val += sin(val)
val += sin(val)
val += sin(val)
``````

into the force calculation and now I get (with 15 colors):

``````  3.051 ms (0 allocations: 0 bytes)
635.864 μs (870 allocations: 90.23 KiB) # 8 threads
``````

A force assembly like this is so extremely simple that it is unlikely that it will bottleneck anything. In real applications, you typically have some quadrature loop, some local shape functions that are getting evaluated etc which will push up the amount of work in the force function to make threading worth it.

3 Likes

Also, this example of threaded assembly using greedy coloring might be interesting:

http://kristofferc.github.io/JuAFEM.jl/dev/examples/threaded_assembly/

Thanks, this is extremely useful!

You’re right that in my case the threaded version is only useful when there is more work to do, but as I use an explicit integrator on linear triangle elements, there is actually not so much to do in the force assembly, even in my more complete version.

Following your example, do you think having scratch values in my case would be beneficial to the threaded version or that it will not change much due to the simplicity of each assembly?

Also, regarding the memory location of my arrays for the threaded version, is recommended to try to reorder the elements of each color so that they are contiguous in memory?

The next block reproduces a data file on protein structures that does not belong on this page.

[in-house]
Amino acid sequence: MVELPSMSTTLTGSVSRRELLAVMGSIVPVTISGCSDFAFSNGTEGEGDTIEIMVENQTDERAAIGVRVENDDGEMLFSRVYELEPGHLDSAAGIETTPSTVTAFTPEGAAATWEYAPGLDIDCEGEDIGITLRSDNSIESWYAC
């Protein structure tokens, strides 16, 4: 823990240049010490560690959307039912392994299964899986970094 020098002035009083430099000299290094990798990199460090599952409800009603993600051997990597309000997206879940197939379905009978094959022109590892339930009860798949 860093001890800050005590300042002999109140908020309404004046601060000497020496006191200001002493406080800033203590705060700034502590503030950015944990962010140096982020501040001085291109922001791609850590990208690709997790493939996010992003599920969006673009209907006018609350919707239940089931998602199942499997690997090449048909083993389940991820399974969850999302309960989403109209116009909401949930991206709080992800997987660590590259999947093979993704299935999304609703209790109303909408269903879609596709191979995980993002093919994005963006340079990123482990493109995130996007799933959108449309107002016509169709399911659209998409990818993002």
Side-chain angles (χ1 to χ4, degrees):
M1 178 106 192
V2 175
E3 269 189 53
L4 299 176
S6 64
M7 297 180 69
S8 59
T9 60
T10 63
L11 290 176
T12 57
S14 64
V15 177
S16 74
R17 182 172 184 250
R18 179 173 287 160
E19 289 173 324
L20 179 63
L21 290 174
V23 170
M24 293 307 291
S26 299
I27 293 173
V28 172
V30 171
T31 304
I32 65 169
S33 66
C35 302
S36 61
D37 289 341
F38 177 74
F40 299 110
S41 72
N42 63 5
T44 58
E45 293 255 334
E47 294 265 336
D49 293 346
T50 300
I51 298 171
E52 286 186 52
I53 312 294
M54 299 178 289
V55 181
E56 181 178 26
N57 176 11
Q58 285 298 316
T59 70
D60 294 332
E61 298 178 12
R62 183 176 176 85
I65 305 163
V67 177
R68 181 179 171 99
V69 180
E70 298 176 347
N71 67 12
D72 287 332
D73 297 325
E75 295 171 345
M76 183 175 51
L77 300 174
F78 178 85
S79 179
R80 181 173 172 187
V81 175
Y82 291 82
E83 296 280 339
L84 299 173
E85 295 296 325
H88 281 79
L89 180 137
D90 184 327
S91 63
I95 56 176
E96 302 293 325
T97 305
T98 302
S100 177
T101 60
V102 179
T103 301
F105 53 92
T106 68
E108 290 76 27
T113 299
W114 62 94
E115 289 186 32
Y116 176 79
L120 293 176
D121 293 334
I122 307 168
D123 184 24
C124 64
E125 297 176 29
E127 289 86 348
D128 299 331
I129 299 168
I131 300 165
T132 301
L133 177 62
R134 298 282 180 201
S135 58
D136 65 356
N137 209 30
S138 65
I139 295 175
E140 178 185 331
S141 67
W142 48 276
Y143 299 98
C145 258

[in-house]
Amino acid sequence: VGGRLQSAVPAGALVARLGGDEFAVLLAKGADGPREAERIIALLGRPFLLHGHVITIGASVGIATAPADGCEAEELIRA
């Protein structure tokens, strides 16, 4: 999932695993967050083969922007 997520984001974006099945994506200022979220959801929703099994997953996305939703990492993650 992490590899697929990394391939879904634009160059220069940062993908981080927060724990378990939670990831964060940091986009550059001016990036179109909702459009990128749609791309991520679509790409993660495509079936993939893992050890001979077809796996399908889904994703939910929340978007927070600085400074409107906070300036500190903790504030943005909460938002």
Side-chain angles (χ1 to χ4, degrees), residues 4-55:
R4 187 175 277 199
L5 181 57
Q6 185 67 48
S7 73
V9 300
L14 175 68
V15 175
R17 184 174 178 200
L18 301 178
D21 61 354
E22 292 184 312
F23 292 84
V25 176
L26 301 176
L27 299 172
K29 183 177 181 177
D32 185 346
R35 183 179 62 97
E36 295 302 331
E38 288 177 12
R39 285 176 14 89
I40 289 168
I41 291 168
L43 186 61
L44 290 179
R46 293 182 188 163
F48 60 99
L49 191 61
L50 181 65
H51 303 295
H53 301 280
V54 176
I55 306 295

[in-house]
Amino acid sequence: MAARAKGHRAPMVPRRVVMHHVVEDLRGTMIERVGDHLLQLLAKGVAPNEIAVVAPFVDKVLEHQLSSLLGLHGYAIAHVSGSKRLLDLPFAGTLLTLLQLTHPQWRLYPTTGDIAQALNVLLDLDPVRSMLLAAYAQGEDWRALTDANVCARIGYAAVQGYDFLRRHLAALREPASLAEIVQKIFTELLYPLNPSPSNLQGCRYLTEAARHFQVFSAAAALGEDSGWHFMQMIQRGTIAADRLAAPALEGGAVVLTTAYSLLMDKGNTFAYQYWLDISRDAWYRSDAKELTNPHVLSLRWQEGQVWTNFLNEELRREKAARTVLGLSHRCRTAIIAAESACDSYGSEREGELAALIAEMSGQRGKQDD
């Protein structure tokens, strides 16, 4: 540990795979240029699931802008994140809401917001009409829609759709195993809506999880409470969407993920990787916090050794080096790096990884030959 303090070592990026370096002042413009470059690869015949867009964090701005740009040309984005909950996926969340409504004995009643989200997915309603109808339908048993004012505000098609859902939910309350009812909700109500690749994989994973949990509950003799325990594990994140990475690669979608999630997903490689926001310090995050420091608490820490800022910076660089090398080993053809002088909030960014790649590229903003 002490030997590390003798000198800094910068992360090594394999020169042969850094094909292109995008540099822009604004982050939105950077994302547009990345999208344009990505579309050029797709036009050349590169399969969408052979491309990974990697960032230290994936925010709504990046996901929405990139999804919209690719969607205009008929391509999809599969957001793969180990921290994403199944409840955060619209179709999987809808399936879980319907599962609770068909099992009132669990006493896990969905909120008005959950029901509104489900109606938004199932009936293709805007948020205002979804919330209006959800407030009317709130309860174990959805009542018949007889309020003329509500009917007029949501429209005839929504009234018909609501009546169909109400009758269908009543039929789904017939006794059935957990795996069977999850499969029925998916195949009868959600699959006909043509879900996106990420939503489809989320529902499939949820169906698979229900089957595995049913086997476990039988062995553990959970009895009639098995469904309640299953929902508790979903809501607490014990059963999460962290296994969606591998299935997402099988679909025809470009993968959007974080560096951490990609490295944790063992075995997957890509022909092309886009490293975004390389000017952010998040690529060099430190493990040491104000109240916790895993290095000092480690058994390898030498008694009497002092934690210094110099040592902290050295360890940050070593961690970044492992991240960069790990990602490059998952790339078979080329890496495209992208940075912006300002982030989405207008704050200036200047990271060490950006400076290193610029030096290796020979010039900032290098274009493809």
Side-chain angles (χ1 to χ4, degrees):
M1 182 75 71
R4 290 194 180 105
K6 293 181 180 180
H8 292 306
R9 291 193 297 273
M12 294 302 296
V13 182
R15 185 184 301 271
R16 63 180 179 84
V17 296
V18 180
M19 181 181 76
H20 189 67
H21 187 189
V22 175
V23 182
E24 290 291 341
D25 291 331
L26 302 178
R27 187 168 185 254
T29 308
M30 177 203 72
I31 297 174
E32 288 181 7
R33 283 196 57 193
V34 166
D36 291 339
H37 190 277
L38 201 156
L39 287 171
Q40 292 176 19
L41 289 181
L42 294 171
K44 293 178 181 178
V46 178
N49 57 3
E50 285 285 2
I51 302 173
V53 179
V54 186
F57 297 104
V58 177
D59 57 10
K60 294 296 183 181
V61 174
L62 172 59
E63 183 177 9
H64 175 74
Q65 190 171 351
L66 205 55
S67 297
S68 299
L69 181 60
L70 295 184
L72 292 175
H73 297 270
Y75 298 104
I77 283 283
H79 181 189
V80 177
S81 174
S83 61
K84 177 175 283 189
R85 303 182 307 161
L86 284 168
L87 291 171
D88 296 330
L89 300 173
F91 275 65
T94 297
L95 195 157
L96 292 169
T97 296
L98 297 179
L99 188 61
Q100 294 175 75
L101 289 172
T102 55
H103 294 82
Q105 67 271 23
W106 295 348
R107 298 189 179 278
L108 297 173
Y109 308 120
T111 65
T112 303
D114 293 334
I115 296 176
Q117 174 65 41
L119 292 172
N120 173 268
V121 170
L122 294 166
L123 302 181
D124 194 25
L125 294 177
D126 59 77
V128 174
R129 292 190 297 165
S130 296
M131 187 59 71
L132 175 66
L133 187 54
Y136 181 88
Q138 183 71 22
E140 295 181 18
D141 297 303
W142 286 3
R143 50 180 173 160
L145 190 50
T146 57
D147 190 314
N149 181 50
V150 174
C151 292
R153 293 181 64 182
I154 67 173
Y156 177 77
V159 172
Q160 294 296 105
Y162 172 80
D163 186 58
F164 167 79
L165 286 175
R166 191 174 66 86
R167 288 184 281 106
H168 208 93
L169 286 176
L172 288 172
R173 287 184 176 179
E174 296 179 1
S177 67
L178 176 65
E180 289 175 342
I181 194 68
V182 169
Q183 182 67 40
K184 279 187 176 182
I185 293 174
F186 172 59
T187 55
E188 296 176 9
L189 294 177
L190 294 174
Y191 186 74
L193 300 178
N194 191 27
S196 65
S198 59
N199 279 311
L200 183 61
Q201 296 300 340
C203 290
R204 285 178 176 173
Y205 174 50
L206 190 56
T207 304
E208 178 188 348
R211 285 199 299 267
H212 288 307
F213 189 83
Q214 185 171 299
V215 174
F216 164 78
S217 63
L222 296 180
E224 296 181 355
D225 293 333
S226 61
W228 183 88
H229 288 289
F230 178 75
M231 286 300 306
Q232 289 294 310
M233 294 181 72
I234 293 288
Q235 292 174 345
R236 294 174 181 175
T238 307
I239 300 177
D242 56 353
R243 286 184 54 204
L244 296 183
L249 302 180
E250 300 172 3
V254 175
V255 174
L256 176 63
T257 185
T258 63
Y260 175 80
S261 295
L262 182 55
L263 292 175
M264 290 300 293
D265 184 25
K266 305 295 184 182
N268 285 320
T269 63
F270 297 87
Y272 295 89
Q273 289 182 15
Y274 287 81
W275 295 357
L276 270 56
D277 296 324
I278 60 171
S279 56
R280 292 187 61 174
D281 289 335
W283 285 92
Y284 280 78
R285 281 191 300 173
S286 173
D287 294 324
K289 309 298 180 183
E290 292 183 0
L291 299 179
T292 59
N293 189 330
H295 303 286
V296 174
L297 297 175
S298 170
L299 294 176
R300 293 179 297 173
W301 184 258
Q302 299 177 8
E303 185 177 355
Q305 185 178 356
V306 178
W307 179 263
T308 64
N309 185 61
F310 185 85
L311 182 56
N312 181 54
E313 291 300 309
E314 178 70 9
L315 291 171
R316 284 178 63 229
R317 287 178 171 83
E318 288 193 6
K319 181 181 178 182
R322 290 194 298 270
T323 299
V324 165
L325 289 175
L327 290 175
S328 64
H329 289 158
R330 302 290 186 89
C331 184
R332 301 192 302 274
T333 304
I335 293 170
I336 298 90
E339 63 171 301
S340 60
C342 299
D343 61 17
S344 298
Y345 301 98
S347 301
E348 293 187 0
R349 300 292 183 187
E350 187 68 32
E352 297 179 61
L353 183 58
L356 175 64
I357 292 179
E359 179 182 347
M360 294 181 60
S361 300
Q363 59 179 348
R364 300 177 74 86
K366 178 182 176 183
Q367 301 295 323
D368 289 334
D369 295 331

I wonder if having an assembly buffer separate for each thread would reduce memory contention?

So I’ve run a few more tests on this with the following changes:

• modified the force distribution functions so that they perform the same operations as in my explicit FE code
• always use the minimum number of colors (or the maximum number of elements in each color)
• added another threaded distribution function with buffers for each thread (did I do this right?)
• used a machine with 12 cores

I get the following:

``````for n in 1 2 4 8 12
do
JULIA_NUM_THREADS=\$n julia mwe.jl;
done

1 Thread:
Timing sequential distribute:   550.281 μs (0 allocations: 0 bytes)
Timing threaded distribute:   1.090 ms (126 allocations: 12.03 KiB)
Timing threaded distribute with buffers:   1.227 ms (126 allocations: 11.16 KiB)

2 Threads:
Timing sequential distribute:   570.101 μs (0 allocations: 0 bytes)
Timing threaded distribute:   1.259 ms (240 allocations: 23.91 KiB)
Timing threaded distribute with buffers:   714.997 μs (242 allocations: 23.00 KiB)

4 Threads:
Timing sequential distribute:   561.593 μs (0 allocations: 0 bytes)